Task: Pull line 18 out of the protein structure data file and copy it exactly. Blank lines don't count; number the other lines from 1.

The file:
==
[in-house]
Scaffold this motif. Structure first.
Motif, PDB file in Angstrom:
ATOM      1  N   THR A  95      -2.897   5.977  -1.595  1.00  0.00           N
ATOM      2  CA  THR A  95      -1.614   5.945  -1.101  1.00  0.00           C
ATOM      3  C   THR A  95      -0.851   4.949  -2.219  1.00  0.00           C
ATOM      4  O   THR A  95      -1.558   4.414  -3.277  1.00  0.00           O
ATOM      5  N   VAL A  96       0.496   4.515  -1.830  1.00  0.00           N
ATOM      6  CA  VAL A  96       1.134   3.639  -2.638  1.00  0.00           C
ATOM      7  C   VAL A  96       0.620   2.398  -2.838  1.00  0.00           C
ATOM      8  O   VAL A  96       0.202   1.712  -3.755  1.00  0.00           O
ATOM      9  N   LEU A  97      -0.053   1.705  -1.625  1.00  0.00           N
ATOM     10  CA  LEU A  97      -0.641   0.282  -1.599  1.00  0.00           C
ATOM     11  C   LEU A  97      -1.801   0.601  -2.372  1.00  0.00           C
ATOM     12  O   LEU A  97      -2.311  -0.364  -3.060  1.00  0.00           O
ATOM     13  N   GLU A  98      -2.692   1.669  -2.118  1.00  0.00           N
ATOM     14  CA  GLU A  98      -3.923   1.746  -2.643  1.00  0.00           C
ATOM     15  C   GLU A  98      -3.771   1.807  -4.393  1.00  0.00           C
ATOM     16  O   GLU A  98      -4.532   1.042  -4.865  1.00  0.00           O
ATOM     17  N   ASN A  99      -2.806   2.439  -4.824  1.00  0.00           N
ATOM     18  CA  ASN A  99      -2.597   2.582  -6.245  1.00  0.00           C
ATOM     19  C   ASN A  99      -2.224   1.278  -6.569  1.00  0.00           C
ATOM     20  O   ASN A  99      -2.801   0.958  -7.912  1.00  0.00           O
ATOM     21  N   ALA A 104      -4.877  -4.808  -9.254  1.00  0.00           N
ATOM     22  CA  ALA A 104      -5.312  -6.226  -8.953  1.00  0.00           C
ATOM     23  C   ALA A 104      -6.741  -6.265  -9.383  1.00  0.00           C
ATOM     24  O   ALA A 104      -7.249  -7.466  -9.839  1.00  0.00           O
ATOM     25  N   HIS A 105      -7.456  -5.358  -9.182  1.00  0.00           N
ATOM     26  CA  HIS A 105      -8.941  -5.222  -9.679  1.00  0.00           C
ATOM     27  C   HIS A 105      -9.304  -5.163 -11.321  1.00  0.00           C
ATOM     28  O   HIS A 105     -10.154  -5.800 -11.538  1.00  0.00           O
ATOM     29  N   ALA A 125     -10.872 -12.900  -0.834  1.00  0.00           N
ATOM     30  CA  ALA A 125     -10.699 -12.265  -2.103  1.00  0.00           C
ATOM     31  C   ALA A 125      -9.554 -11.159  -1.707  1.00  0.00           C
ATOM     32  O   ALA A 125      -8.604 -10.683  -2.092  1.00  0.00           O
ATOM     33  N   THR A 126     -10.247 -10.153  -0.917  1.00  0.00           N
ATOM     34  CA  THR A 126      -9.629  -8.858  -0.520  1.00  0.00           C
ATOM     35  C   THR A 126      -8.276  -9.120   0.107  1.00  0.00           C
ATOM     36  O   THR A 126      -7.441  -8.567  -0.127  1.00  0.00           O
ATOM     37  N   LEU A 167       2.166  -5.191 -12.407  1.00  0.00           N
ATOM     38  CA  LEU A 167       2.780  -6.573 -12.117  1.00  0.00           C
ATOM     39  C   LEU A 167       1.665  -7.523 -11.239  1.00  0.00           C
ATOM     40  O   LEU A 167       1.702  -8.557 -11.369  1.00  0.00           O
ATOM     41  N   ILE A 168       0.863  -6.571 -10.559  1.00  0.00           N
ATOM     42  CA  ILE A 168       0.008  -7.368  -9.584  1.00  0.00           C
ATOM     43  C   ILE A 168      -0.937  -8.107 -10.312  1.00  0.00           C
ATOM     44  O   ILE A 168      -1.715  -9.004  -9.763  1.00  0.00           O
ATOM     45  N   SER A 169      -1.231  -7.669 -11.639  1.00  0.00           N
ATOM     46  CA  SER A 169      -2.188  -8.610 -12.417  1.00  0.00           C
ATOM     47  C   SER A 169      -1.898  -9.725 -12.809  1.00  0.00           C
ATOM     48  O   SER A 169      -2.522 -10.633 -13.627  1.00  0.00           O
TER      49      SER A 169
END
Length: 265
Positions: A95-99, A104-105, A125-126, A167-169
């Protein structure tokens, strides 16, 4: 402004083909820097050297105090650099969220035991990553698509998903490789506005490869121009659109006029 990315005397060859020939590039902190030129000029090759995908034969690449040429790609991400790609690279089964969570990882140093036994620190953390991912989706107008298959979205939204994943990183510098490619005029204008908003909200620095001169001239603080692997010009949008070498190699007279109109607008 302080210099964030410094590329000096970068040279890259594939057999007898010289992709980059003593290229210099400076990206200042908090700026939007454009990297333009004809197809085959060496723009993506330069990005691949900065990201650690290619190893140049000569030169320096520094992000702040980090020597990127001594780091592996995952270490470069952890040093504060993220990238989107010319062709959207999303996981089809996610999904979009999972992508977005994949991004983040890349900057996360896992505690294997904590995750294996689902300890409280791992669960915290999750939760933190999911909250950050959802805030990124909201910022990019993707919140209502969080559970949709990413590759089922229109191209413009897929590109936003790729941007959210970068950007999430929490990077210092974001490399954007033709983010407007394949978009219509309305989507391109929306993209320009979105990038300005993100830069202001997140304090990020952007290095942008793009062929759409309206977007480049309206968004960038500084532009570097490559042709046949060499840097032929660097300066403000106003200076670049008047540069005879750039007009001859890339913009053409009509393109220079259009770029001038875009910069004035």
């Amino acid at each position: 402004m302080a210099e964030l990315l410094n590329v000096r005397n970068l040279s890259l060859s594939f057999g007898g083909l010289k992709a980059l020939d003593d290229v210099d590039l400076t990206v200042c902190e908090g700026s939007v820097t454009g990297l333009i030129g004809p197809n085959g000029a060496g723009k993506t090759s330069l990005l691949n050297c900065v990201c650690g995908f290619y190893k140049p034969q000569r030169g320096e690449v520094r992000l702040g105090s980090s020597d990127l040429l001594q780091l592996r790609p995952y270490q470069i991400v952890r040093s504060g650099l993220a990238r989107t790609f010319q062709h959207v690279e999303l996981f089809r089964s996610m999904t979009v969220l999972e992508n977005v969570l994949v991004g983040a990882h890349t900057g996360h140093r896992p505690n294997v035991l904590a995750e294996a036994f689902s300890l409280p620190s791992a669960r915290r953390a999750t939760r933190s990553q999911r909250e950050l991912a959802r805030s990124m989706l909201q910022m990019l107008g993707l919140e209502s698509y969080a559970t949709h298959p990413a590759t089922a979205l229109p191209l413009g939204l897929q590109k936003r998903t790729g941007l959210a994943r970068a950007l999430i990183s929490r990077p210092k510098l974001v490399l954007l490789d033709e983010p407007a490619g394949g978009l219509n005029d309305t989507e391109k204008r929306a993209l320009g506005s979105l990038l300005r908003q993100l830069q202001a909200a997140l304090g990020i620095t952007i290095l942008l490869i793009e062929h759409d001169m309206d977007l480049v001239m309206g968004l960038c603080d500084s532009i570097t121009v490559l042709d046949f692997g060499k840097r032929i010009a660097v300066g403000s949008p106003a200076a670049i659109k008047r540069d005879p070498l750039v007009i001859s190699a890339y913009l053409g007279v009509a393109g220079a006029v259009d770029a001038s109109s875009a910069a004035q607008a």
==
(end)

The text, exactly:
ATOM     15  C   GLU A  98      -3.771   1.807  -4.393  1.00  0.00           C